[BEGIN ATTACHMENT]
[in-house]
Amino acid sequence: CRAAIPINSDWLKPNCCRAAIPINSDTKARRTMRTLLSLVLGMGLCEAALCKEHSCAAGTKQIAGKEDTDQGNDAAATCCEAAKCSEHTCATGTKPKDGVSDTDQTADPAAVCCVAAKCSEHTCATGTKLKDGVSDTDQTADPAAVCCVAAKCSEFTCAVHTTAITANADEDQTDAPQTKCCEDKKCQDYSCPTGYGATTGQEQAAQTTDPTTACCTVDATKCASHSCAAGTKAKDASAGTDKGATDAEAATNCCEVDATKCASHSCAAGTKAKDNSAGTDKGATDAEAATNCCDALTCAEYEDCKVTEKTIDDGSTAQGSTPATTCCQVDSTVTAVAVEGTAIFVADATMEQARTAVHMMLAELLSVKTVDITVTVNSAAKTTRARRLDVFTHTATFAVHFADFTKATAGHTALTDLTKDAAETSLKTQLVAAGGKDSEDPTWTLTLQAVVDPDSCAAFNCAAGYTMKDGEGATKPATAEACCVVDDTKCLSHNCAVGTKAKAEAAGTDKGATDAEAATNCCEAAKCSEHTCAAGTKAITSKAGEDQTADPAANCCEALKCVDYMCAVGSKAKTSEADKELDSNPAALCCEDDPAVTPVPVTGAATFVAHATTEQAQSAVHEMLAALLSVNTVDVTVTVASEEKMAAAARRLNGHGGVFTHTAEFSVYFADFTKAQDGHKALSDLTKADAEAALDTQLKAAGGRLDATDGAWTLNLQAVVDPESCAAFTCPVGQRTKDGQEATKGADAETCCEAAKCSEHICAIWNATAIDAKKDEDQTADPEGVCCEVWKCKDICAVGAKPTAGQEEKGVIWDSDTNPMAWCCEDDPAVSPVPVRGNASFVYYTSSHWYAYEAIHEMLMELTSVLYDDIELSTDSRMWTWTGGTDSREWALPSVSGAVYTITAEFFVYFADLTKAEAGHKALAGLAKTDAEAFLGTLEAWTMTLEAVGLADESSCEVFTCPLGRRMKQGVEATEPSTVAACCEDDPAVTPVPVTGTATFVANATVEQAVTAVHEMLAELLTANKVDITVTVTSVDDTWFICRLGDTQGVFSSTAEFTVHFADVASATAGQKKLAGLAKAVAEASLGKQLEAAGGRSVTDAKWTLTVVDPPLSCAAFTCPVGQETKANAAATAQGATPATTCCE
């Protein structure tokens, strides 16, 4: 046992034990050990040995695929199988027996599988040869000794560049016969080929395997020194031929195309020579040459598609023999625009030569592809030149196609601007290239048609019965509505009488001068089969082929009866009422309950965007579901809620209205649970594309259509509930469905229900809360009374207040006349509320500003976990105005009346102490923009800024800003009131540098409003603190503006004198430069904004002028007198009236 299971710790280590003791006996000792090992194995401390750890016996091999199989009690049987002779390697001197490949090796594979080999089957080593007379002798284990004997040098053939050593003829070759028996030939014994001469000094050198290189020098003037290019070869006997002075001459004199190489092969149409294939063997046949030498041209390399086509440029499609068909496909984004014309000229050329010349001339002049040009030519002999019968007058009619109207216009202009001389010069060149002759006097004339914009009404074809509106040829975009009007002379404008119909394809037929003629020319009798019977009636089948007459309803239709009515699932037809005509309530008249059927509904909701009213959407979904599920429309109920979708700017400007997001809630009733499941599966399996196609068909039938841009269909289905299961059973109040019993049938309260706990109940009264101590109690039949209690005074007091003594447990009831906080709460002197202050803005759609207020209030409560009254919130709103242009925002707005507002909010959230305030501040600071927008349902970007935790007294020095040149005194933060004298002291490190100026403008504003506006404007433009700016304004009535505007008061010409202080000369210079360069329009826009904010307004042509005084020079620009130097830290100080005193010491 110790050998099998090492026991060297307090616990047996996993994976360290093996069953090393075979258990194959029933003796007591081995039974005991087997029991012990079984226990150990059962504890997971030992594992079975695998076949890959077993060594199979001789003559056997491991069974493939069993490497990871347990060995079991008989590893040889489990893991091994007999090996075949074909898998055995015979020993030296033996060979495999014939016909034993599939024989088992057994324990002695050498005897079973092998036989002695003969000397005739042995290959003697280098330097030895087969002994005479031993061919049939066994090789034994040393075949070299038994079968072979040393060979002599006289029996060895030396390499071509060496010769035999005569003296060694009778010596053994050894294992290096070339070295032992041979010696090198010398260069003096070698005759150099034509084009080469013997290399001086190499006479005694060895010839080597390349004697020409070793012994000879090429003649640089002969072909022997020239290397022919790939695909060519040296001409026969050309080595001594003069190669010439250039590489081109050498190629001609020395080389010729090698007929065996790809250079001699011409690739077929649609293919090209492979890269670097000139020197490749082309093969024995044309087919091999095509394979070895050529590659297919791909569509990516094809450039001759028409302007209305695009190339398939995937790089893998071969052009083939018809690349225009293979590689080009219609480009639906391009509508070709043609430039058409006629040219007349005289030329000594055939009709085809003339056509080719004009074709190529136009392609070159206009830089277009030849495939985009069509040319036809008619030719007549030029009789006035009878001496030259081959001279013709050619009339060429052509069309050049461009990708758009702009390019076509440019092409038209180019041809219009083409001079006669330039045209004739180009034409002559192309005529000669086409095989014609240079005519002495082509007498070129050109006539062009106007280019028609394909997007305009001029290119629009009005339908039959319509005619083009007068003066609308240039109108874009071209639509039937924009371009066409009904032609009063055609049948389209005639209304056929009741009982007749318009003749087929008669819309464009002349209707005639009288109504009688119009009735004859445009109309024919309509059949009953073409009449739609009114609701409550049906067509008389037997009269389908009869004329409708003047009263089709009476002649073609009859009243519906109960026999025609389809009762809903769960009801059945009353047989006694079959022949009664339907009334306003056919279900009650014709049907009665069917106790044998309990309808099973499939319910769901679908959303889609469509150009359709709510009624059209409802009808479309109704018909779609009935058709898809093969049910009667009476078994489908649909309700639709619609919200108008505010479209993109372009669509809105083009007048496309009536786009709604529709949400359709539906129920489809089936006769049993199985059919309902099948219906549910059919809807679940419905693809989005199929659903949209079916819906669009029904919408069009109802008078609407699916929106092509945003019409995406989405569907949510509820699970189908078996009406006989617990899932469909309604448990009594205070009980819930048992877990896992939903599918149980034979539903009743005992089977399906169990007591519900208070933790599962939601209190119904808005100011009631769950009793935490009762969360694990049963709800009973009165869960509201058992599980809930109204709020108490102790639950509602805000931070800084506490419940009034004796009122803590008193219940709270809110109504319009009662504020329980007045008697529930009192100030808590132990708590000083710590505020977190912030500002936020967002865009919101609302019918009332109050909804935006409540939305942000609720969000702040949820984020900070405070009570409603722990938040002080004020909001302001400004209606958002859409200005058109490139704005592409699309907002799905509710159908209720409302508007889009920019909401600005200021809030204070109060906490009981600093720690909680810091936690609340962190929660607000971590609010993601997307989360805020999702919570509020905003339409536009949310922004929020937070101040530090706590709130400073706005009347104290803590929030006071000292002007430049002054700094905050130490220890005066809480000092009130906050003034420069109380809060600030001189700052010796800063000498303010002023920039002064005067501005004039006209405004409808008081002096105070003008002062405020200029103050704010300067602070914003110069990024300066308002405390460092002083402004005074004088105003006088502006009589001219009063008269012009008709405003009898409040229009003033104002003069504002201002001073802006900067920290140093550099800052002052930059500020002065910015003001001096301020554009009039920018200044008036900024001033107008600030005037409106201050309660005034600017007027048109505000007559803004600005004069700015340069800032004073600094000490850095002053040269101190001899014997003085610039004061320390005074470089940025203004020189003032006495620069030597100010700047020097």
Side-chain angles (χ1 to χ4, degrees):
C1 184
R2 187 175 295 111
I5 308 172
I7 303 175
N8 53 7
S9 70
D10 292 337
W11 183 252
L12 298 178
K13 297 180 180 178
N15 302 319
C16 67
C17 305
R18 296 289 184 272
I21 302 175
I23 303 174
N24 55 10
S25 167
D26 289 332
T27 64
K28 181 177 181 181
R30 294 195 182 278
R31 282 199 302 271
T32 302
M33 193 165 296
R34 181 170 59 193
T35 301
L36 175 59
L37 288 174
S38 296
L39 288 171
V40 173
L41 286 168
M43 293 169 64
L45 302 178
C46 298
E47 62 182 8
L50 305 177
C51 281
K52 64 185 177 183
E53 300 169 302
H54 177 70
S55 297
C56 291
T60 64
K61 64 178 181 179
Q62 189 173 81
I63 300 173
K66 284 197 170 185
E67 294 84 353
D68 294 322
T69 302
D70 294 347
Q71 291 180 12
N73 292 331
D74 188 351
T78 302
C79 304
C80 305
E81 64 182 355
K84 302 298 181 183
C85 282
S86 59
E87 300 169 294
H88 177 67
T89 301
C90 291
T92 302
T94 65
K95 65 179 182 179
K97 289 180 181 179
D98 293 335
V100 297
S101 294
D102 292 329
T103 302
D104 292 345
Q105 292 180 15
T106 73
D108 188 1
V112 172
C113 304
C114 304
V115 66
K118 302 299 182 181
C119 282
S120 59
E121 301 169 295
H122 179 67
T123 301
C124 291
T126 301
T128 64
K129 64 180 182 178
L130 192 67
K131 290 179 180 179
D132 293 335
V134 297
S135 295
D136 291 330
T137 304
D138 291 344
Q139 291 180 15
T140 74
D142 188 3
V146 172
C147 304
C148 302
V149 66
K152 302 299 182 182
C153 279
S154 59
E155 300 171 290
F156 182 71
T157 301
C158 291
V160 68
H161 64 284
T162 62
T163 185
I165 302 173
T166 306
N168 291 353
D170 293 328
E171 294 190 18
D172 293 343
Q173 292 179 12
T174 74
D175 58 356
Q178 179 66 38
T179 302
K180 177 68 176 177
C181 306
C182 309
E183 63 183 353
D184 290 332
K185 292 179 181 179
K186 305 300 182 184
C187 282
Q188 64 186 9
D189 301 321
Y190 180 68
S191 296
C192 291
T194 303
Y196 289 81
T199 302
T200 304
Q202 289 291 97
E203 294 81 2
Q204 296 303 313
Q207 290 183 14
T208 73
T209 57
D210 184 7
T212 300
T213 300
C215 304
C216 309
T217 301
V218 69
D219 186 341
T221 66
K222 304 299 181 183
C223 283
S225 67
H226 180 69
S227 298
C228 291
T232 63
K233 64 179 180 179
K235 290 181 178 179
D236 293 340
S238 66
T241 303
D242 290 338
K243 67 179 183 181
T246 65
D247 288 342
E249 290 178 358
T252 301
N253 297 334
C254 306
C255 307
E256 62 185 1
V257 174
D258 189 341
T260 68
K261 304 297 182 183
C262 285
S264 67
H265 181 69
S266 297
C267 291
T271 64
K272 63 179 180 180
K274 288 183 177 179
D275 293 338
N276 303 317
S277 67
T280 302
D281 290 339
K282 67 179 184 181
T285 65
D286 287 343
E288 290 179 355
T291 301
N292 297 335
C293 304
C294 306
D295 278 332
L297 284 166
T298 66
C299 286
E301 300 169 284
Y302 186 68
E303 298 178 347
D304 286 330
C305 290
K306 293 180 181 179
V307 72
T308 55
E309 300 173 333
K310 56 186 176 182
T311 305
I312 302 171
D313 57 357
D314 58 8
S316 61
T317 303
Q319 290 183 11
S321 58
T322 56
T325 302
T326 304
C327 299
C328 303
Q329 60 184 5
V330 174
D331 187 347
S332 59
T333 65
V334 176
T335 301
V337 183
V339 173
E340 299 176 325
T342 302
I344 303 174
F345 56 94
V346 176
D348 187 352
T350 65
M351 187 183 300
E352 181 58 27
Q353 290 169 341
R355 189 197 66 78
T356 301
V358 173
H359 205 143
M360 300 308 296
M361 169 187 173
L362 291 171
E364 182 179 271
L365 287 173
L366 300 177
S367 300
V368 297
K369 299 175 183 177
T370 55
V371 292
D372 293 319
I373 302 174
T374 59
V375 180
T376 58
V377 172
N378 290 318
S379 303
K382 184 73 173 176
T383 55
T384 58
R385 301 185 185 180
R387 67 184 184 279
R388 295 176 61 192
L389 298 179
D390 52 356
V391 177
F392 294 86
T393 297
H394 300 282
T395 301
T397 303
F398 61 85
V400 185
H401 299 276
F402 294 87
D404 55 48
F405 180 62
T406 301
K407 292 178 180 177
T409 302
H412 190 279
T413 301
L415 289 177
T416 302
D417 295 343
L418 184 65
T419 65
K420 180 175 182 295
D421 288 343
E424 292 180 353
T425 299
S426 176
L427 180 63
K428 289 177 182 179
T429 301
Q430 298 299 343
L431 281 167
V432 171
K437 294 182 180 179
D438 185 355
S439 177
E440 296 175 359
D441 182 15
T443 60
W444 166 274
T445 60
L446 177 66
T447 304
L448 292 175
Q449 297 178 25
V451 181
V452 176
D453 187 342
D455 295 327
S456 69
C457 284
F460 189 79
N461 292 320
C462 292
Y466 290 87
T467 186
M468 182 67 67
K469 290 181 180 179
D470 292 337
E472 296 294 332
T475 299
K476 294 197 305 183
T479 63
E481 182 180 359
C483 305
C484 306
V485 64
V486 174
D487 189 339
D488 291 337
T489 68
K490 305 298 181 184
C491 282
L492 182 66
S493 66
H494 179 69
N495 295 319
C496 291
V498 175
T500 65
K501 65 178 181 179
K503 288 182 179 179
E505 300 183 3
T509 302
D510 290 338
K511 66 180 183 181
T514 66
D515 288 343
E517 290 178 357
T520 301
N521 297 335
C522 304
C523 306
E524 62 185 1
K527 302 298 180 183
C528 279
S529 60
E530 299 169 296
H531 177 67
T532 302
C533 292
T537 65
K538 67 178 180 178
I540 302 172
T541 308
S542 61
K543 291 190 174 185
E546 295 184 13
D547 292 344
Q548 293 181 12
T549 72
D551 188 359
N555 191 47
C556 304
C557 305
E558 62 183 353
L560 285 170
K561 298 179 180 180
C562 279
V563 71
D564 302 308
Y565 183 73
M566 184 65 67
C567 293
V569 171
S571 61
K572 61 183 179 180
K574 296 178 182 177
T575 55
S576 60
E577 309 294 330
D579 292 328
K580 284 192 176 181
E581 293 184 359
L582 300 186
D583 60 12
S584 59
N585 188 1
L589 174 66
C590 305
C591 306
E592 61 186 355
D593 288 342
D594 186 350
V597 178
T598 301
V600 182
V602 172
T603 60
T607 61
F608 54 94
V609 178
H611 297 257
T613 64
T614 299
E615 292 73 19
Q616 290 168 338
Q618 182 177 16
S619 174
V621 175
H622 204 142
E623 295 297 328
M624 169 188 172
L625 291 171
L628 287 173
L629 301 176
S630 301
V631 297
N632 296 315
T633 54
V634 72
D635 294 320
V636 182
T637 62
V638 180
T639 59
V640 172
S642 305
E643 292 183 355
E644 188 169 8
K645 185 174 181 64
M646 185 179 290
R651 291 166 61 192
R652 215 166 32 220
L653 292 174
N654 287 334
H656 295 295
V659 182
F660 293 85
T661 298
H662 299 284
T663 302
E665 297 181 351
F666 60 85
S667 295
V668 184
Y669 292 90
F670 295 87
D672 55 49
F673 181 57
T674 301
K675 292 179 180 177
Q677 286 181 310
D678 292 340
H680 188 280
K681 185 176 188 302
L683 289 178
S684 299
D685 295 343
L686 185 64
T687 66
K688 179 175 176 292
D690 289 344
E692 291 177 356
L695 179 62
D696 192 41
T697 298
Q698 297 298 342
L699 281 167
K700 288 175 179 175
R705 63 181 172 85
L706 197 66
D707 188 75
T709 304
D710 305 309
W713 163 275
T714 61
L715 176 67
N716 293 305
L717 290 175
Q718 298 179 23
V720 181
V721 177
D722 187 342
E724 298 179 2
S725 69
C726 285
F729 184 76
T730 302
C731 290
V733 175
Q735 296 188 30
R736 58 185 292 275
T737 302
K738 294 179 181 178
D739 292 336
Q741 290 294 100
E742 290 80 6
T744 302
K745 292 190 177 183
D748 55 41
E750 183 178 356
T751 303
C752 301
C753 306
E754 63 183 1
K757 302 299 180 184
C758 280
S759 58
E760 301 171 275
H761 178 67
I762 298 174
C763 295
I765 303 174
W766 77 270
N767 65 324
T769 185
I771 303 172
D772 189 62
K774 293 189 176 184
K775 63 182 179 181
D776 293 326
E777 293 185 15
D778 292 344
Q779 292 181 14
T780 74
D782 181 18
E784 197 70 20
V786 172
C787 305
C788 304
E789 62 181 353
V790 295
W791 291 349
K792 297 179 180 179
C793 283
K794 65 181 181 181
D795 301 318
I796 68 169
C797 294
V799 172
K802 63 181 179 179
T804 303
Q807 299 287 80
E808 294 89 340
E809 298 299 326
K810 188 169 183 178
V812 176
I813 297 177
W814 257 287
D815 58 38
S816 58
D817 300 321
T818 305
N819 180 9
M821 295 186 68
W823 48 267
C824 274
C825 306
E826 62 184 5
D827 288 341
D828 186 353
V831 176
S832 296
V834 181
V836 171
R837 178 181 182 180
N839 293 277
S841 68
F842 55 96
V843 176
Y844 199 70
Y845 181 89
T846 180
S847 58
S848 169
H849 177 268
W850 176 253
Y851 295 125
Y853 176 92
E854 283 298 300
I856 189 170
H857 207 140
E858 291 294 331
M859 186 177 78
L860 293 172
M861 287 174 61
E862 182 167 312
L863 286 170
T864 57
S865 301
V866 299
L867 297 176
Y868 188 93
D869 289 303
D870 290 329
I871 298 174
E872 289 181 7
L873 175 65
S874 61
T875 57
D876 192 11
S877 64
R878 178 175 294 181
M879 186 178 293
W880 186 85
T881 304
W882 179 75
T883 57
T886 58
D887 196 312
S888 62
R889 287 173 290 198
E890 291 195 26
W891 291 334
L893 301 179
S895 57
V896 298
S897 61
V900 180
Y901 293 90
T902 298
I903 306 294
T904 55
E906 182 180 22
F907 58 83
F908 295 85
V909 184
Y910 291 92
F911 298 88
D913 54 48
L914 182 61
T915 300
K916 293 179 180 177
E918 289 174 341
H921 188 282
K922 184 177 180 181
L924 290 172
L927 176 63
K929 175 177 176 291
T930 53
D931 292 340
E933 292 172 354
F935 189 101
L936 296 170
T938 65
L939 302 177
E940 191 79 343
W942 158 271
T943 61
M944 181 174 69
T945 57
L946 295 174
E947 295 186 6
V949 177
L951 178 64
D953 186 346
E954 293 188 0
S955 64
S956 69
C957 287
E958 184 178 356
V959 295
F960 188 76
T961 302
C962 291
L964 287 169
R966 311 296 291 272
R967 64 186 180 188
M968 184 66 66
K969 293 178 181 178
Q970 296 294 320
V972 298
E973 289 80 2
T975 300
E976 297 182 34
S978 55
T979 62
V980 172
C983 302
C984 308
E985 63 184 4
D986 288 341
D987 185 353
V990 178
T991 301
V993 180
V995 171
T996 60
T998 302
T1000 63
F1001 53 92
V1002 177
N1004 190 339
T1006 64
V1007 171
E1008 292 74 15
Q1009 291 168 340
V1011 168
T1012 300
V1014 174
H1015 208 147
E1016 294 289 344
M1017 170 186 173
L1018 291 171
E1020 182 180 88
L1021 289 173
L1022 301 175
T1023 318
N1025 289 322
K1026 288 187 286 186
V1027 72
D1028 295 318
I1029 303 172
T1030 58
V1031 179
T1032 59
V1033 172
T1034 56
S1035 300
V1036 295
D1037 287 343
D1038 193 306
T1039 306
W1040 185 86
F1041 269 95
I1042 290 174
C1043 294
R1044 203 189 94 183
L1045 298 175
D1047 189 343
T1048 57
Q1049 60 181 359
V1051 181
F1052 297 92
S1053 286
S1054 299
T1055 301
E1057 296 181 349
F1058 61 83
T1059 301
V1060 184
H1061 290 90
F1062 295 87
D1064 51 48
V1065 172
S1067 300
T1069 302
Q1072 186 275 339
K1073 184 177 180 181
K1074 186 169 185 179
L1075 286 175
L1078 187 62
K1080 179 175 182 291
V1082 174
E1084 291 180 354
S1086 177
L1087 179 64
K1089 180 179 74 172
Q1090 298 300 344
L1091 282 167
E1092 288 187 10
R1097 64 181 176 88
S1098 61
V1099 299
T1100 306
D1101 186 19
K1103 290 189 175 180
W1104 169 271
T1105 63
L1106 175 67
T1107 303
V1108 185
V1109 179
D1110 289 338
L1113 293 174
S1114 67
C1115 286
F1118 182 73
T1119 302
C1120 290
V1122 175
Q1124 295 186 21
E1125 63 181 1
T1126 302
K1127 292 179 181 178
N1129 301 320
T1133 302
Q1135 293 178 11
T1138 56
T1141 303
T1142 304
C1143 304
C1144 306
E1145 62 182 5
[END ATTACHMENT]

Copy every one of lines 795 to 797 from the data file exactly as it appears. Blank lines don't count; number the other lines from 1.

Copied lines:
K1080 179 175 182 291
V1082 174
E1084 291 180 354